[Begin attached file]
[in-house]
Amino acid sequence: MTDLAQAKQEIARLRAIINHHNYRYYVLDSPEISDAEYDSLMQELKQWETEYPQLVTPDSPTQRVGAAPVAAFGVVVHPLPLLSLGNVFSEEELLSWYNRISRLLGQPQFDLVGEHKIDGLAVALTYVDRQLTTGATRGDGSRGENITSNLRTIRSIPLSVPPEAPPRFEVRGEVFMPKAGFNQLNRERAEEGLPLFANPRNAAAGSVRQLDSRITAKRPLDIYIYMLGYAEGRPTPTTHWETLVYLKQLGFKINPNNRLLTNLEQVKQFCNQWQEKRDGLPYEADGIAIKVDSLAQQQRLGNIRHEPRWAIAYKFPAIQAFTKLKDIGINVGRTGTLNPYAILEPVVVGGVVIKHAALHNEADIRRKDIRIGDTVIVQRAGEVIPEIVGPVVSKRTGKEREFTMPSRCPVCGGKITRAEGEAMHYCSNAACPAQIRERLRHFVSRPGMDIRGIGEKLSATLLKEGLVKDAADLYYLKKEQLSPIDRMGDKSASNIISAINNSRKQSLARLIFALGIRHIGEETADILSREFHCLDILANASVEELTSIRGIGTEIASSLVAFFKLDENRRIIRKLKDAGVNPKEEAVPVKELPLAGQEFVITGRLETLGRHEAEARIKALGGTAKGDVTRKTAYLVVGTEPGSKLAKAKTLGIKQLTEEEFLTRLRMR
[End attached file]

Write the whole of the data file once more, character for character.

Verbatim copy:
[in-house]
Amino acid sequence: MTDLAQAKQEIARLRAIINHHNYRYYVLDSPEISDAEYDSLMQELKQWETEYPQLVTPDSPTQRVGAAPVAAFGVVVHPLPLLSLGNVFSEEELLSWYNRISRLLGQPQFDLVGEHKIDGLAVALTYVDRQLTTGATRGDGSRGENITSNLRTIRSIPLSVPPEAPPRFEVRGEVFMPKAGFNQLNRERAEEGLPLFANPRNAAAGSVRQLDSRITAKRPLDIYIYMLGYAEGRPTPTTHWETLVYLKQLGFKINPNNRLLTNLEQVKQFCNQWQEKRDGLPYEADGIAIKVDSLAQQQRLGNIRHEPRWAIAYKFPAIQAFTKLKDIGINVGRTGTLNPYAILEPVVVGGVVIKHAALHNEADIRRKDIRIGDTVIVQRAGEVIPEIVGPVVSKRTGKEREFTMPSRCPVCGGKITRAEGEAMHYCSNAACPAQIRERLRHFVSRPGMDIRGIGEKLSATLLKEGLVKDAADLYYLKKEQLSPIDRMGDKSASNIISAINNSRKQSLARLIFALGIRHIGEETADILSREFHCLDILANASVEELTSIRGIGTEIASSLVAFFKLDENRRIIRKLKDAGVNPKEEAVPVKELPLAGQEFVITGRLETLGRHEAEARIKALGGTAKGDVTRKTAYLVVGTEPGSKLAKAKTLGIKQLTEEEFLTRLRMR